Great Post! Lumbar Spine Mobilization for Hamstring Strains | Modern Manual Therapy Blog

Great Post! Lumbar Spine Mobilization for Hamstring Strains

Another great post by the Sports Physiotherapist. I had recently used this article in a class I taught and was going to blog about it, but he did first, so I'll just link back to his site. 

You can screen apparent hamstring "strains" very quickly with a repeated motion exam. If unilateral, I would recommend checking repeated sidegliding toward the involved side to check for obstruction. Neurodynamics of the sciatic nerve should also be checked along. Assessment and treatment of the neural container should include

  • lumbar spine PIVM and mob/manip, plus applicable repeated motions for treatment
  • QL, psoas, piriformis, hamstring/gluteal junctional zone, gastroc/soleus STM
  • hip ROM and mobilizations
  • talocrural and subtalar joint accessory motion and mobilizations
  • neurodynamic tensioners/sliders


  1. I don't see patients with hamstring strains, but it'd be interesting to see how unilateral PA's would compare to a thrust manipulation. Certainly PA's are likely creating a neurological effect and likely mobilizing nervous tissue locally through slackening the nerve roots (Paris cites this with backward bending) versus a thrust which would possibly create a more resound neurophysiological effect and take a shorter amount of time for treatment.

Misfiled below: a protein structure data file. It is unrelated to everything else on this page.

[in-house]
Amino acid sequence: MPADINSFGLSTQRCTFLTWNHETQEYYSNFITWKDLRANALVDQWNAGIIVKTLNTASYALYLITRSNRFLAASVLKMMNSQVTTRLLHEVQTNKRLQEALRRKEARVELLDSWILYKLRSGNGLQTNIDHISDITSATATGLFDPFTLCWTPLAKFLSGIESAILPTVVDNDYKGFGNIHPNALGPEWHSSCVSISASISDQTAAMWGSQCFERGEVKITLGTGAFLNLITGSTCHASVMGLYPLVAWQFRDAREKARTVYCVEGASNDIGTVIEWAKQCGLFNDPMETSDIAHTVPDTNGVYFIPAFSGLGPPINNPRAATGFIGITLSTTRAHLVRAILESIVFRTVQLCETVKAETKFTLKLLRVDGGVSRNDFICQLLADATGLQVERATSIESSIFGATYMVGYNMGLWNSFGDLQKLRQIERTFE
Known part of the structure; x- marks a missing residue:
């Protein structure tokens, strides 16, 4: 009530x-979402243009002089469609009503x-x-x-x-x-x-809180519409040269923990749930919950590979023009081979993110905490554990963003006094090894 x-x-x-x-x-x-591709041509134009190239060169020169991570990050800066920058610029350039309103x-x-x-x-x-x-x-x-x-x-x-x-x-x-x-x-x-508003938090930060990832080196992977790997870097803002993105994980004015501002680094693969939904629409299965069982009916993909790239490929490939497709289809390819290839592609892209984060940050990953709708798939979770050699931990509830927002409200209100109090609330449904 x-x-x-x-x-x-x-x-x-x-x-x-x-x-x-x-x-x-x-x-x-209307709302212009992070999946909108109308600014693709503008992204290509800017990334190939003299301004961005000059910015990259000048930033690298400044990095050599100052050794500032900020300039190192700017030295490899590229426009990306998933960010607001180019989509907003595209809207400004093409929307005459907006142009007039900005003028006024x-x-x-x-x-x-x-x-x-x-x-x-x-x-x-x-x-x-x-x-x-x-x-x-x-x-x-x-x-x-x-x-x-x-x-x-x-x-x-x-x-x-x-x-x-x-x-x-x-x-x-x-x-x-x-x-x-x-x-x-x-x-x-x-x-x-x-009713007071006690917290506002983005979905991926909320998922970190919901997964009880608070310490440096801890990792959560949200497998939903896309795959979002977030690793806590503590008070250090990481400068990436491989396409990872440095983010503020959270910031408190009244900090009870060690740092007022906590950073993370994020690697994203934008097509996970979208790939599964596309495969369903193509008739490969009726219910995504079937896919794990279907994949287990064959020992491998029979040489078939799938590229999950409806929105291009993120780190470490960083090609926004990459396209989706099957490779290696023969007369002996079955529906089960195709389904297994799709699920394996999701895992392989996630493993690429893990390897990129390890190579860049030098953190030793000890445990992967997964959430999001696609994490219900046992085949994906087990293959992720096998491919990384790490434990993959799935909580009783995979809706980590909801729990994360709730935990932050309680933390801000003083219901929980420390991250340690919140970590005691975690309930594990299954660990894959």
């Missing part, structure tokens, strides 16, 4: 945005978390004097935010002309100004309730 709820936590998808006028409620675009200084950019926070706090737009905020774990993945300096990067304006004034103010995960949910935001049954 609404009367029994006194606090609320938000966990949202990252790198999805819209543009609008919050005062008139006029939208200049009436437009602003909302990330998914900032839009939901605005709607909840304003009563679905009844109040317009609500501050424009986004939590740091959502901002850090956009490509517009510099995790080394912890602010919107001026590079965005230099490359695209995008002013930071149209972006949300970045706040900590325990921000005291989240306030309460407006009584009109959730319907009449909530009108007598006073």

2. I'm sure thrust manipulation would have a similar effect. Not sure if the P/A are mechanical, however as in nerve root slacking b/c that effect would only be temporary. It is most likely neurophysiologic either way. Remember that type III mechanoreceptors are fired when a joint reaches end range, thus inhibiting surrounding musculature.

    Dunning showed that thrust manip to C5 inhibited biceps, so I'm sure the effect would be similar and certainly would be shorter. Just like Hartman states, thrust manip is a shortcut compared to minutes of mobilization.